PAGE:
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Exclusive franchise tag for Brees could cost Saints less than $16 million

Divisional Playoffs - New Orleans Saints v San Francisco 49ers

SAN FRANCISCO, CA - JANUARY 14: Drew Brees #9 of the New Orleans Saints throws the ball against the San Francisco 49ers during the NFC Divisional playoff game at Candlestick Park on January 14, 2012 in San Francisco, California. The 49ers won the game 36-32. (Photo by Ezra Shaw/Getty Images)

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If the Saints want to keepDrew Brees from having the ability to sign an offered with a team that would be willing to give the Saints two first-round draft picks as compensation for a “very good” quarterback, it won’t cost them as much in 2012 as previously believed.

The non-exclusive franchise tender for quarterbacks is expected to be in the range of a one-year, $14.4 million salary. The exclusive franchise tender, which will be based on the 2012 salary cap numbers for the five highest-paid quarterbacks, currently is expected to fall in the range of $15 million to $16 million.

As a source with knowledge of the calculation explained to PFT this afternoon, the upcoming release of Peyton Manning and restructurings by quarterbacks like Ben Roethlisberger, whose cap number for 2012 plummeted from $16.92 million to $8.895 million, will drive down the average for the top five quarterbacks. (That said, if a team like the Chiefs signs Peyton Manning to a front-loaded deal with a huge cap number in 2012, the average for the five highest-paid quarterbacks will be higher.)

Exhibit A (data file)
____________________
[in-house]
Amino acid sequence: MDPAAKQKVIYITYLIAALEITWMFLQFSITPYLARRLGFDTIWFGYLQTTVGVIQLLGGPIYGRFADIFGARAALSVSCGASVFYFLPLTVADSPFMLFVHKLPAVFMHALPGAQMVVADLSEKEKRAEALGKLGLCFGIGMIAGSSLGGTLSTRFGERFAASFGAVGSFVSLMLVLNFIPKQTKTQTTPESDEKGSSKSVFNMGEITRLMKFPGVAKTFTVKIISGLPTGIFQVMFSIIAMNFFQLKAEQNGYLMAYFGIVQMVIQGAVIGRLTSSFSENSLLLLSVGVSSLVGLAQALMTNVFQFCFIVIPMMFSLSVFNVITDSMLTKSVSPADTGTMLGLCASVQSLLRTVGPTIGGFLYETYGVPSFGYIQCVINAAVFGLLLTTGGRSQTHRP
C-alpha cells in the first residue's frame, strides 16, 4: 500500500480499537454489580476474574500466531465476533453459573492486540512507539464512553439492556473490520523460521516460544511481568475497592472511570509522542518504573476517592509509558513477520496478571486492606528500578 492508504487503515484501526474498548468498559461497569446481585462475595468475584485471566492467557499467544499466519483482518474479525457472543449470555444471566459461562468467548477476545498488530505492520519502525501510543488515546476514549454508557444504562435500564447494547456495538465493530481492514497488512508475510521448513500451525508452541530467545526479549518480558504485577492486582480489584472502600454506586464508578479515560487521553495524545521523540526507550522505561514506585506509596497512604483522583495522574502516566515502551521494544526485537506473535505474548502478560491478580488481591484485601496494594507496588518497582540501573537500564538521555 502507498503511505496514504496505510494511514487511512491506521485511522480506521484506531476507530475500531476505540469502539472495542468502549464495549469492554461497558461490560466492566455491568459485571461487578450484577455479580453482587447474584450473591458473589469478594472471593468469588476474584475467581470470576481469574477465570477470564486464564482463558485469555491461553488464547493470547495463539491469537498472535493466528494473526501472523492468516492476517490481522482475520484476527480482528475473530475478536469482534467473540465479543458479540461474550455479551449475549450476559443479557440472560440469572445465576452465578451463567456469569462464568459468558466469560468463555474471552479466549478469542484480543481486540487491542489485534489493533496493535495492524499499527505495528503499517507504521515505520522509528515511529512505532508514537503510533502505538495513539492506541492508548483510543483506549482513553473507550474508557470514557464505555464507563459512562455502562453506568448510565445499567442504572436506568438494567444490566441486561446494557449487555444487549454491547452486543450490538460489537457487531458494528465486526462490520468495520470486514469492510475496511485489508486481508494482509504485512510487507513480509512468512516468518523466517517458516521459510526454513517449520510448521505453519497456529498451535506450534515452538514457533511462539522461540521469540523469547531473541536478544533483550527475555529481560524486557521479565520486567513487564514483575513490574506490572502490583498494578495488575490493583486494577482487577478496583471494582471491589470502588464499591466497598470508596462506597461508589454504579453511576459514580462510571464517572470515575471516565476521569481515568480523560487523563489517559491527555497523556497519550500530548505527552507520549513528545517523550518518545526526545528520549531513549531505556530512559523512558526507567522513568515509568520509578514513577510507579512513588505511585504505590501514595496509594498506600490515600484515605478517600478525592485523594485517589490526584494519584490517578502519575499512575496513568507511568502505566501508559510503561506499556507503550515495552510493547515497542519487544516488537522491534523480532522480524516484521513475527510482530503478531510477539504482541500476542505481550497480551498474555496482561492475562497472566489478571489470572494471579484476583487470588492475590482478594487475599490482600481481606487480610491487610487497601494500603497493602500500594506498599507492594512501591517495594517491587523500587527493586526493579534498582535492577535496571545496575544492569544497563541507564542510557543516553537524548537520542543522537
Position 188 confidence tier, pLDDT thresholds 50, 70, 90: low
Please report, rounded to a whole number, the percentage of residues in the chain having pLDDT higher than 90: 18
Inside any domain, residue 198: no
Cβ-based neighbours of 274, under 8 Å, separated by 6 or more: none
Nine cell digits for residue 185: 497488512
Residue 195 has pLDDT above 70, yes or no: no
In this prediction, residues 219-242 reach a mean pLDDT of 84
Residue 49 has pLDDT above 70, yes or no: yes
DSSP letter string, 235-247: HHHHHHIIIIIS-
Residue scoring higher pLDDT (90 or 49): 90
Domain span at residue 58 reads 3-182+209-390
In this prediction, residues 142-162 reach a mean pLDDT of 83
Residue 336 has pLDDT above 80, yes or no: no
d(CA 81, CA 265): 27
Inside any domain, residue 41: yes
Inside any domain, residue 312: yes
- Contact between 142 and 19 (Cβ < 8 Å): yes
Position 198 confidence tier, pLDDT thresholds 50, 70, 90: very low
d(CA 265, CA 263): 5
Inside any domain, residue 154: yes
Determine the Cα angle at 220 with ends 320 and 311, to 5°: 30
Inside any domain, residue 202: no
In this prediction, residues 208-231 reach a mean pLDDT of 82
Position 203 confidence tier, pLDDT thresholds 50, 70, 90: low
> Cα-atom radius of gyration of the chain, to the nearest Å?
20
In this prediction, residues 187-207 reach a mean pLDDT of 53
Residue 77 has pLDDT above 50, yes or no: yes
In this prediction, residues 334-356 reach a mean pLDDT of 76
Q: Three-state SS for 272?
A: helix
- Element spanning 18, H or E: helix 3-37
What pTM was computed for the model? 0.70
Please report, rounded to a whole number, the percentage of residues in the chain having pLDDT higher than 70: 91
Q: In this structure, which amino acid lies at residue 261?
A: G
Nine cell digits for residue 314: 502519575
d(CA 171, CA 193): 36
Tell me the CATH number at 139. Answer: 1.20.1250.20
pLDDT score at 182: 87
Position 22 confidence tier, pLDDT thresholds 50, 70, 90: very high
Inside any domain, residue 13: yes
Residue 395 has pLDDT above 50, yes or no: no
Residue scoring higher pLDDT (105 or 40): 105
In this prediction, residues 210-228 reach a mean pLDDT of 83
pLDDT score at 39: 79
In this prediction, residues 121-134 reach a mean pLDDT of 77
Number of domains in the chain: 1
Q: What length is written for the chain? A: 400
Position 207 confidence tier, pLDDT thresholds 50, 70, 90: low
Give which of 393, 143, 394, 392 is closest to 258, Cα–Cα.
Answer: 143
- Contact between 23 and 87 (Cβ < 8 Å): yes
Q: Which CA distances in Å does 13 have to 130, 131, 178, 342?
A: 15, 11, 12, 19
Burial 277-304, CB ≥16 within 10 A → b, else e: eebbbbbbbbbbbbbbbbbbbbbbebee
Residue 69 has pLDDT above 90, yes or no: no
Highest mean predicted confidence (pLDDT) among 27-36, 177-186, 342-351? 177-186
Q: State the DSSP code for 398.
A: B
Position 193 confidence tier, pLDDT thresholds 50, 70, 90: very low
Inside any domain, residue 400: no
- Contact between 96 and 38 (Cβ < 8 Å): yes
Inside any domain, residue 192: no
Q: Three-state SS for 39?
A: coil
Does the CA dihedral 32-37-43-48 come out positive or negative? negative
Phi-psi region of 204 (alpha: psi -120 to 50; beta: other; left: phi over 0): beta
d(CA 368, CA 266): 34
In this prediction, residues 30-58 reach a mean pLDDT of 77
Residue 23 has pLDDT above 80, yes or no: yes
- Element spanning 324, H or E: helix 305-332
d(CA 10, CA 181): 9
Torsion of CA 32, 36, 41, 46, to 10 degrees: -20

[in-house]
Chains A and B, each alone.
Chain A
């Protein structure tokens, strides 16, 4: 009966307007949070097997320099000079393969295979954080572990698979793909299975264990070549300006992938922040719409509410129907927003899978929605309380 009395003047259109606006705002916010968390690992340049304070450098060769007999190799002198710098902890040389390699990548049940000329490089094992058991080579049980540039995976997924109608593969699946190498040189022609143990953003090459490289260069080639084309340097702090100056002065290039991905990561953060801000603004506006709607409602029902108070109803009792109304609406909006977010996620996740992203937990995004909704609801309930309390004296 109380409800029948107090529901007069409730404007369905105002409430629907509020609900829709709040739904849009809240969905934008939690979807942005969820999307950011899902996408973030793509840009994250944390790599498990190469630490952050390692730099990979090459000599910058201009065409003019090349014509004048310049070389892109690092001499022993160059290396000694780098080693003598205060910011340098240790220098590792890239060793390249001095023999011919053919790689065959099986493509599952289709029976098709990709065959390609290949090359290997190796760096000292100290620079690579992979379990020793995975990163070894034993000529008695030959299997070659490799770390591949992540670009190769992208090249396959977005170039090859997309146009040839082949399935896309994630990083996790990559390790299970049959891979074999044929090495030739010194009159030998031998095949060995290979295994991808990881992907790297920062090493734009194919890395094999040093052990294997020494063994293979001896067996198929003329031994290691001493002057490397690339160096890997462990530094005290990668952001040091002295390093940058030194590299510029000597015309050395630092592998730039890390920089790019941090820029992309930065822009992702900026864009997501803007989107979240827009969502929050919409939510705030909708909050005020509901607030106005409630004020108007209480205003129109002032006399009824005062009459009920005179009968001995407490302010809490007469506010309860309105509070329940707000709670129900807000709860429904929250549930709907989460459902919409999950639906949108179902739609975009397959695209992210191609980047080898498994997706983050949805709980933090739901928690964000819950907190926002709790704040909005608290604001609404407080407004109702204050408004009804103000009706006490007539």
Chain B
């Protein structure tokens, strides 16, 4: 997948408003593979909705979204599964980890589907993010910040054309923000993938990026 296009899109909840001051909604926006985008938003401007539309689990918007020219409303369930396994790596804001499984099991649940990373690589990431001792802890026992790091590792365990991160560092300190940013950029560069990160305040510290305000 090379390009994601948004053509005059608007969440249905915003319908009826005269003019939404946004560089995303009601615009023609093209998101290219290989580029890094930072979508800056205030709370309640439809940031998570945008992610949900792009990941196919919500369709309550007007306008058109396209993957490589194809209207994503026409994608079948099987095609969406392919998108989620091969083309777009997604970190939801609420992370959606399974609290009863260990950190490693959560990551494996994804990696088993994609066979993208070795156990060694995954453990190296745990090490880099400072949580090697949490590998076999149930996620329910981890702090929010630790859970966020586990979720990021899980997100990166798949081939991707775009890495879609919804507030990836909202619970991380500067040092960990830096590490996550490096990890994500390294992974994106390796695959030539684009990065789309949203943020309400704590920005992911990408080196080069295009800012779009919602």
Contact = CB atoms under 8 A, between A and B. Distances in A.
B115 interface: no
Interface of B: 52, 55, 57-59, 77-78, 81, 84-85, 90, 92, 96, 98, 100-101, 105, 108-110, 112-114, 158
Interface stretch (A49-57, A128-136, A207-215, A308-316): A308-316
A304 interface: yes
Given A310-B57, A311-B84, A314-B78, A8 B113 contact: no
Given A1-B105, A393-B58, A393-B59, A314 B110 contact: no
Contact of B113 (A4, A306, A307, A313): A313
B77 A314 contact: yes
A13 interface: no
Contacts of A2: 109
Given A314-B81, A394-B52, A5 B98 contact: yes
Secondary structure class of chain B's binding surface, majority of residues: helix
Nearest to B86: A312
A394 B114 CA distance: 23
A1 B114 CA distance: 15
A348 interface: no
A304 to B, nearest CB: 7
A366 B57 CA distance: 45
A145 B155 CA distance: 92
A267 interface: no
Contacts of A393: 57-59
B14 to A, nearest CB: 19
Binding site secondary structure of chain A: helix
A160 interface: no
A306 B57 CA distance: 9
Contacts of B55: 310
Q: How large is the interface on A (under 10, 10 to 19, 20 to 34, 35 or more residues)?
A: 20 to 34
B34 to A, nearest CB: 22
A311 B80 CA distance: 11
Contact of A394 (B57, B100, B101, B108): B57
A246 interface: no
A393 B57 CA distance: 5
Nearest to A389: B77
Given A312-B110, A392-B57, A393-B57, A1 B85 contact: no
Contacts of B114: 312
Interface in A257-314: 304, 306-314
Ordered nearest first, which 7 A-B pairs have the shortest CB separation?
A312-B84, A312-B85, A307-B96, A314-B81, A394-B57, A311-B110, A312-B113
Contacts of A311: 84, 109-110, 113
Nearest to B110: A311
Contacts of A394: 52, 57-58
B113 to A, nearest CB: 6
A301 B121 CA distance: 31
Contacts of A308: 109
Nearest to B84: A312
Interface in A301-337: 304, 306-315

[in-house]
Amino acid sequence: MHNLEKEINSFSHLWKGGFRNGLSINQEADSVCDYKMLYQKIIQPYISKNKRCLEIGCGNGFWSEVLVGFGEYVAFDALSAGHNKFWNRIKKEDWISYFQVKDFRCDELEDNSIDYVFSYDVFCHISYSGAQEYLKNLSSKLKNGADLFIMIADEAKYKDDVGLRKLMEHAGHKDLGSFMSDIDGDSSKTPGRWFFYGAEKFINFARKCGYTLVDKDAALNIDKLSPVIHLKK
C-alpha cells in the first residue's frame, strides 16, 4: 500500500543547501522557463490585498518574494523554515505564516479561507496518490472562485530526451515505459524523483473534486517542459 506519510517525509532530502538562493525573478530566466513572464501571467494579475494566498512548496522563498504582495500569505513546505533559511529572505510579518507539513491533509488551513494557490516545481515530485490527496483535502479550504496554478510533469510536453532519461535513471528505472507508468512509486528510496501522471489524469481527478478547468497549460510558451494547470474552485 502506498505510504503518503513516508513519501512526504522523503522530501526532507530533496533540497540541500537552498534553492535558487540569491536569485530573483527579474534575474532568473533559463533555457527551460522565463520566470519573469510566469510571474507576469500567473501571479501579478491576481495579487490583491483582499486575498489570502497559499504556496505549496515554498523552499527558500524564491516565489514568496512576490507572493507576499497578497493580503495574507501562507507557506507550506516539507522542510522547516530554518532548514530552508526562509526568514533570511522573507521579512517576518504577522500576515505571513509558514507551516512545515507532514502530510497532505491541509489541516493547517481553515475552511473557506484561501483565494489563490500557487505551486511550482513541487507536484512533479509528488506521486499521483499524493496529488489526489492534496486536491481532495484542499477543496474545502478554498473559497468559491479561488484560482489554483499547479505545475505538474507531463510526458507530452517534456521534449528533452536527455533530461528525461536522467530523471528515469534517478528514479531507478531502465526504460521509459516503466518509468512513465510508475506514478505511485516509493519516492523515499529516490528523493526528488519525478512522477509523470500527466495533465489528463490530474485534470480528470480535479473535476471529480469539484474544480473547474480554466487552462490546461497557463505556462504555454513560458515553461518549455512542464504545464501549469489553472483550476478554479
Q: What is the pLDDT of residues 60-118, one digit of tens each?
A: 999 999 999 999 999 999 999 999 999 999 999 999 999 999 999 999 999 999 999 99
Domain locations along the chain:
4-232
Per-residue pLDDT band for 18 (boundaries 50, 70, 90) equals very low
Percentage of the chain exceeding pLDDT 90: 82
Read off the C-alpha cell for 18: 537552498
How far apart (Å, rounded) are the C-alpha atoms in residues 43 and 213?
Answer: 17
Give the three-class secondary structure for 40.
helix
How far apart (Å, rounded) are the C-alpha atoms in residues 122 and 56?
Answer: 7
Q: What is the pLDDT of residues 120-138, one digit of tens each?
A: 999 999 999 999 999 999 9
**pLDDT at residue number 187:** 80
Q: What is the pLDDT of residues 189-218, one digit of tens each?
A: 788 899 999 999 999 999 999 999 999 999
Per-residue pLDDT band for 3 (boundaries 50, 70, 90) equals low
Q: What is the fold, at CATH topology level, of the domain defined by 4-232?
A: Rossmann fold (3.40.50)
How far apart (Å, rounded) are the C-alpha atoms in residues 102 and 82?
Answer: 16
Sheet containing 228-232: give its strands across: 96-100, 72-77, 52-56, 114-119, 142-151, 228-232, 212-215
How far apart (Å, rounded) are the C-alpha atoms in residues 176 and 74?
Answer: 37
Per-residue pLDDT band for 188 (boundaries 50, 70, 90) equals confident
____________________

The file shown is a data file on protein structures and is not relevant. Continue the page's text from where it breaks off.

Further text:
Despite the risk of a quarterback contract with a skewed 2012 cap number, the downward trend makes use of the exclusive tender a no-brainer for the Saints. And it’s likely prompting the team to be willing to employ Brees on a year-to-year basis. If, as ESPN’s Adam Schefter reports, Brees wants a deal that pays out an average of $23 million annually for the first three years, the Saints could choose instead to pay him, based on the high side of the estimate, $16 million this year, $19.2 million in 2013 (i.e., 120 percent of the 2012 number, as required by the CBA), and $27.648 million in 2014 (i.e., 144 percent of the 2013 number, as required by the CBA). That’s a total of $62.848 million over three years, more than $6 million less than the $69 million Brees supposedly wants in that same period.

That said, a source with knowledge of the situation tells PFT that Brees hasn’t asked for $23 million annually over three years. Still, as long as Brees’ number is higher than $20.9 million, the year-to-year approach makes sense.

Of course, in three years the Saints would have to end the dance, since under the CBA the tender would rocket to $39.8 million. By then, however, Brees will be 36. And the question will be whether he wants to play the last few seasons of his career in New Orleans, or elsewhere.